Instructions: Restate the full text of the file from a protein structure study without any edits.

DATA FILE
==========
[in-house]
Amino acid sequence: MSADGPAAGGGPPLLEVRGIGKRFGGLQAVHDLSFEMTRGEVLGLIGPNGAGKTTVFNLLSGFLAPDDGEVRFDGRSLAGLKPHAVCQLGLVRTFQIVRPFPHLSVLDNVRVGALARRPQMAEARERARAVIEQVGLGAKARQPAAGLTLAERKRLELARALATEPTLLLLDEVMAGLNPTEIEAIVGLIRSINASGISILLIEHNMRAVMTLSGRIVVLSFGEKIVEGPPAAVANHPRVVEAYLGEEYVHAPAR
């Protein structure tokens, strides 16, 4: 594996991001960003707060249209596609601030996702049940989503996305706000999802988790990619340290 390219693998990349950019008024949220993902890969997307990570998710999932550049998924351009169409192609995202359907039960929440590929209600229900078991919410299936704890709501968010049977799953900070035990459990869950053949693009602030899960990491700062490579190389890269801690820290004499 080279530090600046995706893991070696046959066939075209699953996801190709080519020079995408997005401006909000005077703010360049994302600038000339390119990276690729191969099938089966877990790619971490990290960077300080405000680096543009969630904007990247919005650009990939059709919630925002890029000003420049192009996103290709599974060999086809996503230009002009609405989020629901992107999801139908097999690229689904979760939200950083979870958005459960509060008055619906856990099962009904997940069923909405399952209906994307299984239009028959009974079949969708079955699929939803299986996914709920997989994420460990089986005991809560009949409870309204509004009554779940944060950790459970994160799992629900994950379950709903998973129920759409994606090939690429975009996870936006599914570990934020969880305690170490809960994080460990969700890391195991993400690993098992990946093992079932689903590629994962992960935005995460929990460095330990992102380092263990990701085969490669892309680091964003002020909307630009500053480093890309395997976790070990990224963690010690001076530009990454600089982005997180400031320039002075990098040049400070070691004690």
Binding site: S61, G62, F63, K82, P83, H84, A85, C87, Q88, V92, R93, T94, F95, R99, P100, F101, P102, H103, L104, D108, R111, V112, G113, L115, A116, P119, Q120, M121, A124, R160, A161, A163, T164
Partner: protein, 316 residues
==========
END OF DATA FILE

[in-house]
Amino acid sequence: MSADGPAAGGGPPLLEVRGIGKRFGGLQAVHDLSFEMTRGEVLGLIGPNGAGKTTVFNLLSGFLAPDDGEVRFDGRSLAGLKPHAVCQLGLVRTFQIVRPFPHLSVLDNVRVGALARRPQMAEARERARAVIEQVGLGAKARQPAAGLTLAERKRLELARALATEPTLLLLDEVMAGLNPTEIEAIVGLIRSINASGISILLIEHNMRAVMTLSGRIVVLSFGEKIVEGPPAAVANHPRVVEAYLGEEYVHAPAR
């Protein structure tokens, strides 16, 4: 594996991001960003707060249209596609601030996702049940989503996305706000999802988790990619340290 390219693998990349950019008024949220993902890969997307990570998710999932550049998924351009169409192609995202359907039960929440590929209600229900078991919410299936704890709501968010049977799953900070035990459990869950053949693009602030899960990491700062490579190389890269801690820290004499 080279530090600046995706893991070696046959066939075209699953996801190709080519020079995408997005401006909000005077703010360049994302600038000339390119990276690729191969099938089966877990790619971490990290960077300080405000680096543009969630904007990247919005650009990939059709919630925002890029000003420049192009996103290709599974060999086809996503230009002009609405989020629901992107999801139908097999690229689904979760939200950083979870958005459960509060008055619906856990099962009904997940069923909405399952209906994307299984239009028959009974079949969708079955699929939803299986996914709920997989994420460990089986005991809560009949409870309204509004009554779940944060950790459970994160799992629900994950379950709903998973129920759409994606090939690429975009996870936006599914570990934020969880305690170490809960994080460990969700890391195991993400690993098992990946093992079932689903590629994962992960935005995460929990460095330990992102380092263990990701085969490669892309680091964003002020909307630009500053480093890309395997976790070990990224963690010690001076530009990454600089982005997180400031320039002075990098040049400070070691004690």
Binding site: S61, G62, F63, K82, P83, H84, A85, C87, Q88, V92, R93, T94, F95, R99, P100, F101, P102, H103, L104, D108, R111, V112, G113, L115, A116, P119, Q120, M121, A124, R160, A161, A163, T164
Partner: protein, 316 residues